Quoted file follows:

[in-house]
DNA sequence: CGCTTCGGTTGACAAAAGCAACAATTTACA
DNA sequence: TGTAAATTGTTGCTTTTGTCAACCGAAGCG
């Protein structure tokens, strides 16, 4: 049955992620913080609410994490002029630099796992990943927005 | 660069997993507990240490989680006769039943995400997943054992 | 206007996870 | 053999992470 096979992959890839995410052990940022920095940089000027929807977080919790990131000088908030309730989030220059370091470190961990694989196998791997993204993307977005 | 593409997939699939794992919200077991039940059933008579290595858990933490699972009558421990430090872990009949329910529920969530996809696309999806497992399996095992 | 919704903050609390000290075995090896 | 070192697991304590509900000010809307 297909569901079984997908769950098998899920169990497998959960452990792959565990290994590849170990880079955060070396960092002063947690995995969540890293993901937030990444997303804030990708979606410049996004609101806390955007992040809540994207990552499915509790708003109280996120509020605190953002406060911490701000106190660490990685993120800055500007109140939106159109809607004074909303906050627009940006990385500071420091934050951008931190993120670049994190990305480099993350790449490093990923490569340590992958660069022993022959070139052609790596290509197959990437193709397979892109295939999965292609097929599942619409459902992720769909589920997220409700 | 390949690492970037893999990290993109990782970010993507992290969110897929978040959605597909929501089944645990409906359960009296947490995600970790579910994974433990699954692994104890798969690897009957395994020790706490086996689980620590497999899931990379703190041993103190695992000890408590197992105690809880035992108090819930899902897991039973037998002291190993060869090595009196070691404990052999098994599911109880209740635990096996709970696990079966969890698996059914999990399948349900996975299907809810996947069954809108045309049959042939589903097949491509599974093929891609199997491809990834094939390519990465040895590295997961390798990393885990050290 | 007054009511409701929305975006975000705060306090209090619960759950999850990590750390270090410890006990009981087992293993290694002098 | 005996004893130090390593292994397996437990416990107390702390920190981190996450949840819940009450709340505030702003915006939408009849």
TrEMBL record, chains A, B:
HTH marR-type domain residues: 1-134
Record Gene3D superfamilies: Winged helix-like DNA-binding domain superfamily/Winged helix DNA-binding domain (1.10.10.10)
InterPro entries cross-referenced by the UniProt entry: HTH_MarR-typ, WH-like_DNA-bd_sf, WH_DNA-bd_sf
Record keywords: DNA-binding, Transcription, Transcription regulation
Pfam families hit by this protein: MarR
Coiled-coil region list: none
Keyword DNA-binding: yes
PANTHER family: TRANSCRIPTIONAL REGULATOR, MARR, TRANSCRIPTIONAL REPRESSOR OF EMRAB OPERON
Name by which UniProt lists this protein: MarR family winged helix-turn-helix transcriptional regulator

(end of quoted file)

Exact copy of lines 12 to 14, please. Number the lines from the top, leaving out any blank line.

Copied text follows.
Keyword DNA-binding: yes
PANTHER family: TRANSCRIPTIONAL REGULATOR, MARR, TRANSCRIPTIONAL REPRESSOR OF EMRAB OPERON
Name by which UniProt lists this protein: MarR family winged helix-turn-helix transcriptional regulator